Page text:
Points to be careful about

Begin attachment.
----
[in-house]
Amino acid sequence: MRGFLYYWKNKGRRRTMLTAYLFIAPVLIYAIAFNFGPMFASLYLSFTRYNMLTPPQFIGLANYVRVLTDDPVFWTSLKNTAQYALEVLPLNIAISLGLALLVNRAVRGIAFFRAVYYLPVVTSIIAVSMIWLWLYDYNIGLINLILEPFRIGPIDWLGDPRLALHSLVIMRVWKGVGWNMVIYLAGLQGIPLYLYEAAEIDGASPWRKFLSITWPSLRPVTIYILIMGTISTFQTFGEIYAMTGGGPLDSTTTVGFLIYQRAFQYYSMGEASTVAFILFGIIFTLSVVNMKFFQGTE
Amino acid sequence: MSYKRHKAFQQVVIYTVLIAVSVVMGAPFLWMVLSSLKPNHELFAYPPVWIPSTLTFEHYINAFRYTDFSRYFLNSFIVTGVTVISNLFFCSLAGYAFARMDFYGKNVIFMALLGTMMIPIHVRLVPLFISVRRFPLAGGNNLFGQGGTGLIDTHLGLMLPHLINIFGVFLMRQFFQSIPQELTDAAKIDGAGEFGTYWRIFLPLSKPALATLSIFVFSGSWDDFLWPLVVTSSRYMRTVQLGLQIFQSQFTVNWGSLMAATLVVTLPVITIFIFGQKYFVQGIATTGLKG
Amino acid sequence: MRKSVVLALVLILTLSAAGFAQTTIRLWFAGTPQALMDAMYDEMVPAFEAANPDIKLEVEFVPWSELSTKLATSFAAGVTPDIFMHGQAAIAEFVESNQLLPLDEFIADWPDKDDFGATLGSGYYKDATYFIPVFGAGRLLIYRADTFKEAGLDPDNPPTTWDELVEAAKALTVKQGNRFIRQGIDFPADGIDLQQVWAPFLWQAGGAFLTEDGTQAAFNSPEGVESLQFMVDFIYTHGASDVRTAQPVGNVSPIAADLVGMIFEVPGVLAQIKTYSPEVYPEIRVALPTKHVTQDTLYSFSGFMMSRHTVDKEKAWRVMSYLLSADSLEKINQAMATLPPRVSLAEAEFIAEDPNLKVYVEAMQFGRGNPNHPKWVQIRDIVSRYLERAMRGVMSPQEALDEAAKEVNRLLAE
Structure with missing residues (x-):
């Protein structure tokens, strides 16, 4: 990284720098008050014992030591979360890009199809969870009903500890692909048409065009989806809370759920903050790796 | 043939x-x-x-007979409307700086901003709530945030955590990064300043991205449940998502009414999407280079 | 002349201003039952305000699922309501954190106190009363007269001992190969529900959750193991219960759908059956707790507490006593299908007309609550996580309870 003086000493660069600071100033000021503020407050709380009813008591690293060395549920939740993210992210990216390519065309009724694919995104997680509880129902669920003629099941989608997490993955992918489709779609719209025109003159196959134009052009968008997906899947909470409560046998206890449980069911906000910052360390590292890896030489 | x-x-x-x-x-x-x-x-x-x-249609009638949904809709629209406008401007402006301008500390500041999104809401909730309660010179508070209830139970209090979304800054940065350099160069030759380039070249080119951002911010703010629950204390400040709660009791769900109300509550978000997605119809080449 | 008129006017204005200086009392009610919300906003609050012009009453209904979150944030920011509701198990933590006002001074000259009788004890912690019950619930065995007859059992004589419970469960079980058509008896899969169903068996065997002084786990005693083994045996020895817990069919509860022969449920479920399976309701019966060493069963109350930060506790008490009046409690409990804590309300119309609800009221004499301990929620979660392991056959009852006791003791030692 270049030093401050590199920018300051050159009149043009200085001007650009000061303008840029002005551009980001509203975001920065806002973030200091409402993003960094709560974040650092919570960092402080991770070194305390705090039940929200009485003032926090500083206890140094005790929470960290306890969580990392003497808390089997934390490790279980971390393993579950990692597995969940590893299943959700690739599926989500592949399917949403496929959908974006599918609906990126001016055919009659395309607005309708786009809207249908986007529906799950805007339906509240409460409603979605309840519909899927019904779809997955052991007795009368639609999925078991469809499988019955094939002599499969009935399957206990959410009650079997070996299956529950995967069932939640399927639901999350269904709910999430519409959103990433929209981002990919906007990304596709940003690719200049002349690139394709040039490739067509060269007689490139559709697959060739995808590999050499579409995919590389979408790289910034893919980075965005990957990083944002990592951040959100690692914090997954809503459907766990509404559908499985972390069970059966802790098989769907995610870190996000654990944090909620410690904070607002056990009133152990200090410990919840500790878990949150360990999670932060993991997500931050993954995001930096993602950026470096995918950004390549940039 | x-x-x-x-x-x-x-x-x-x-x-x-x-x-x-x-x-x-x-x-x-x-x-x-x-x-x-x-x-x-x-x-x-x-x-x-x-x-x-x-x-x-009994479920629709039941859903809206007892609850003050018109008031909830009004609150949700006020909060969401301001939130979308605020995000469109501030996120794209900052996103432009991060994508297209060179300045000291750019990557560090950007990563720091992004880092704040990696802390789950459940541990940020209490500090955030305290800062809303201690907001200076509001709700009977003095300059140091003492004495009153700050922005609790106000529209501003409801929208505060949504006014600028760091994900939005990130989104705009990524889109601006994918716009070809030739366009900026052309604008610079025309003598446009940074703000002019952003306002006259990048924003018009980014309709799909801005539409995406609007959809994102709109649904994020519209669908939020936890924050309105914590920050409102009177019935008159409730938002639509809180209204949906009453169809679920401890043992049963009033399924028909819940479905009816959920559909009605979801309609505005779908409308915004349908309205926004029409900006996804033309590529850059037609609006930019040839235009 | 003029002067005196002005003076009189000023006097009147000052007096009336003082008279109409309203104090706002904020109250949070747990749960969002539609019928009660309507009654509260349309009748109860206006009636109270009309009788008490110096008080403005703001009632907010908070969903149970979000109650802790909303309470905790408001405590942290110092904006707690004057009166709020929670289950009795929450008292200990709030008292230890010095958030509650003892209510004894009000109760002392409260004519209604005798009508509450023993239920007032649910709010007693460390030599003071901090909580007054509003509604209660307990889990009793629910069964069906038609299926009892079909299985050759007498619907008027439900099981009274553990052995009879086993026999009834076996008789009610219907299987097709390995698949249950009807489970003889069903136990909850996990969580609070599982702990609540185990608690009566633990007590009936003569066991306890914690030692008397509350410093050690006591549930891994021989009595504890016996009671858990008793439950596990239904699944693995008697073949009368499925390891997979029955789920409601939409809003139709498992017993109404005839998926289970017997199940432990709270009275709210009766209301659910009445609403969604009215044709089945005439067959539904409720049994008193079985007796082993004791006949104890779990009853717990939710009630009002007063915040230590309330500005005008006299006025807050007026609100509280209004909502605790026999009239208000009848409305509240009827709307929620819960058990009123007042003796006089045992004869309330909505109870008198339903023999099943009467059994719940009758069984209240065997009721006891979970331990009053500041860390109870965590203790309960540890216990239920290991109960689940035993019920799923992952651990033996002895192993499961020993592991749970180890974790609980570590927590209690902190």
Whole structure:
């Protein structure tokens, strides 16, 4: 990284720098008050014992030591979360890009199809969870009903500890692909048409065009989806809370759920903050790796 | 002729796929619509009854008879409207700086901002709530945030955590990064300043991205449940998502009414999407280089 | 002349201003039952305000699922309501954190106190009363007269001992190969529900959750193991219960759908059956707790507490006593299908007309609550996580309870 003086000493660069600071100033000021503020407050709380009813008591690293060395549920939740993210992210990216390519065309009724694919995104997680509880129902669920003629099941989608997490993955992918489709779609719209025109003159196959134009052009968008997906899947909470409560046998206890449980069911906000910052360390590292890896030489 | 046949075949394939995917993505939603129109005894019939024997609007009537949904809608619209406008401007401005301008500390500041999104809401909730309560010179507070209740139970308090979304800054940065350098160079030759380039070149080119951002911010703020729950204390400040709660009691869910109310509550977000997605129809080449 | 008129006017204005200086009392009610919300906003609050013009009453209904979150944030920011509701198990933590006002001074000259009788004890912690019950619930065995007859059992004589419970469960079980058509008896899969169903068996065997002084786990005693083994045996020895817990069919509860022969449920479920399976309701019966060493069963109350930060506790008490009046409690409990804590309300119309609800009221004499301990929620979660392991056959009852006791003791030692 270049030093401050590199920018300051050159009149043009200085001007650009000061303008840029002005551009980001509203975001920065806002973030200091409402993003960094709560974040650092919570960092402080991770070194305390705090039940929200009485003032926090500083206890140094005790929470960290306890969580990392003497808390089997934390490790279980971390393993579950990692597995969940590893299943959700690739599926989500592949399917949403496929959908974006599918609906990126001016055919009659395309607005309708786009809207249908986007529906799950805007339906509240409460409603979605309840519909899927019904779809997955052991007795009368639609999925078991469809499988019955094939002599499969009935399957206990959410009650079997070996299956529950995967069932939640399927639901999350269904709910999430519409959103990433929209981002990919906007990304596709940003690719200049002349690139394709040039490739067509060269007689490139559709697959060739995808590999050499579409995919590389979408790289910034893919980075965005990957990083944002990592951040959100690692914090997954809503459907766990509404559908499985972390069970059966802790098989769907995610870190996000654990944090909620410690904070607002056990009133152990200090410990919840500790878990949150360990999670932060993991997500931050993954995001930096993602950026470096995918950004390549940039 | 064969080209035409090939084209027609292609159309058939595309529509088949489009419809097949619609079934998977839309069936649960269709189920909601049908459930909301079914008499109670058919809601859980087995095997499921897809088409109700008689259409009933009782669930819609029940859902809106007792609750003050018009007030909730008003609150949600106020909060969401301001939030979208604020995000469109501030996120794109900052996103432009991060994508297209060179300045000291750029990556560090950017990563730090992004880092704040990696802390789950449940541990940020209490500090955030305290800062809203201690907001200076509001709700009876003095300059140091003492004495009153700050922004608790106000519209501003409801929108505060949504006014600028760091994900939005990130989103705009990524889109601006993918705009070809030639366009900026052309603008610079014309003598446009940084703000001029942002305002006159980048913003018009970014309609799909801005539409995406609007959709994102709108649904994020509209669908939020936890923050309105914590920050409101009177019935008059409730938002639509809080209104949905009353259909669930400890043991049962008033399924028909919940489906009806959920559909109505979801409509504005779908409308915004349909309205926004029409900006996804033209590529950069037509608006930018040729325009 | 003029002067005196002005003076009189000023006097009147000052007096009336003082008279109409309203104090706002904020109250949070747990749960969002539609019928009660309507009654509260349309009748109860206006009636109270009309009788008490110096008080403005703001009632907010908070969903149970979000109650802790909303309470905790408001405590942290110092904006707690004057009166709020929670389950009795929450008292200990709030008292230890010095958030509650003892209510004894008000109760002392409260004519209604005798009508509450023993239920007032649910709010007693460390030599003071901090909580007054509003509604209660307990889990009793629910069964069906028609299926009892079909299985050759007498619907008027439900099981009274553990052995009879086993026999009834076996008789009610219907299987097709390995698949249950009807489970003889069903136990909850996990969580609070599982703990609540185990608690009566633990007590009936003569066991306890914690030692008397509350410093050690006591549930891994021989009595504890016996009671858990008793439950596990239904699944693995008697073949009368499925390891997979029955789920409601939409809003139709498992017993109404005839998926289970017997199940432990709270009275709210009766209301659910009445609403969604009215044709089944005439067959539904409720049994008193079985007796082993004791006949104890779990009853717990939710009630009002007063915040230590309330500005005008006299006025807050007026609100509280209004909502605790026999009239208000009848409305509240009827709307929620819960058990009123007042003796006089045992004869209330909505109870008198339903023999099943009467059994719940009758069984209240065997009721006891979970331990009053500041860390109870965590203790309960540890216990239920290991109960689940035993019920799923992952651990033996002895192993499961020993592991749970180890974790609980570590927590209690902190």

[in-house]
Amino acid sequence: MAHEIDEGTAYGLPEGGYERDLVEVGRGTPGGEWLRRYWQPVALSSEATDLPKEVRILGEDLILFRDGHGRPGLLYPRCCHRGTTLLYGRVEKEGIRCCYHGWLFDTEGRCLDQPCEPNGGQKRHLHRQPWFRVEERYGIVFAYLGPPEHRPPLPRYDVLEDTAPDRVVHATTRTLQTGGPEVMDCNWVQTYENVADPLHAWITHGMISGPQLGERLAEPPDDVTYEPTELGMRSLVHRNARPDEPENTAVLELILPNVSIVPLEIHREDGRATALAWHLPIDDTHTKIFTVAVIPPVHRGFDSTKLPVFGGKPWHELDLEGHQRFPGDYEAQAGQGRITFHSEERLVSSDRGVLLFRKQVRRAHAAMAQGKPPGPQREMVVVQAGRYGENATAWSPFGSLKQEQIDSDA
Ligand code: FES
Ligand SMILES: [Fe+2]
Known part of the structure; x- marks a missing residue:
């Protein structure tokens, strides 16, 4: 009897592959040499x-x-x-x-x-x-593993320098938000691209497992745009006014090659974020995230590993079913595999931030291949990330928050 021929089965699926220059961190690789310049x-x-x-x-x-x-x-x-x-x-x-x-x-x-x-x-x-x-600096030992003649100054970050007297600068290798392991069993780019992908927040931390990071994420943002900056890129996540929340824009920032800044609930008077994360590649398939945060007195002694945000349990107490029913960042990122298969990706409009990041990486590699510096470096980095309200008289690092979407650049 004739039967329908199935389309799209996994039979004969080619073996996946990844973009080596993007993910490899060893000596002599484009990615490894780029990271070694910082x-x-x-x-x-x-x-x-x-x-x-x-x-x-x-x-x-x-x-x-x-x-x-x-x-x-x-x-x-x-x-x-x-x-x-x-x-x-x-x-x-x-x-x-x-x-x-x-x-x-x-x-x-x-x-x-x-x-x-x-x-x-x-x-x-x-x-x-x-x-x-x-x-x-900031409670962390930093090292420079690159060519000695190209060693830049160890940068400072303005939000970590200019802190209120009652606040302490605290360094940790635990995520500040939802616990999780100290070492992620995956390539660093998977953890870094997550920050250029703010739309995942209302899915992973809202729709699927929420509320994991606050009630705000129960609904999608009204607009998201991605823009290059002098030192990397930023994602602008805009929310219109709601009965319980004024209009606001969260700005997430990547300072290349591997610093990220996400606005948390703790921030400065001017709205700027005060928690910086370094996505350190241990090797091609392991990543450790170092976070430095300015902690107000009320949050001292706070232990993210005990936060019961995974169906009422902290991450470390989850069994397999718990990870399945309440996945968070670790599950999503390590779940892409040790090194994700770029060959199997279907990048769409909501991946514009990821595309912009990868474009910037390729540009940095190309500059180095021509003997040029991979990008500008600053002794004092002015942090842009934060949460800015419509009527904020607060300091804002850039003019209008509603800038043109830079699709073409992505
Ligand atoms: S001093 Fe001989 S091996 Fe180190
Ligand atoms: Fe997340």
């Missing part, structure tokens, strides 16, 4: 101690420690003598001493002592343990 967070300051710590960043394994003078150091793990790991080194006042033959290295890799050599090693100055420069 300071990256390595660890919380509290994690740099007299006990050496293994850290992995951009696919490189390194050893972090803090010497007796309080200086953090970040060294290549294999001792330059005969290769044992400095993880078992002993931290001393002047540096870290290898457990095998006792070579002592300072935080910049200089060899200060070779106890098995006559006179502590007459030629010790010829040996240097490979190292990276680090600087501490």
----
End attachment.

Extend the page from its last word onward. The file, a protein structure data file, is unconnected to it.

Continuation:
Rupert Weingrif of the Open University School of Education recommends cautiousness in inferring how thinking works from the findings of brain science, namely such new imaging techniques as PET and MRI (that monitor variations in the blood flow during certain tasks) and EEG and MEG (focusing on electric and magnetic activity of the surface neurons). On these grounds he acknowledges that mind mapping may have pedagogical value, but he argues that Buzanís claim that they work because they "duplicate the way the mind works" is not grounded enough in actual sound evidence from brain research. In fact, few pedagogical practices are, according to the Institute for Cognitive Neuroscience in London (Blakemore and Frith 2000, and, building on the former, Howard-Jones, P.A. and Pickering, S. 2005, see seminar paper). Using mind mapping should also take into consideration individual learning styles [I17][F16] [ES15] and the extent to which students are comfortable with the visual approach and how much they rely on images for self expression.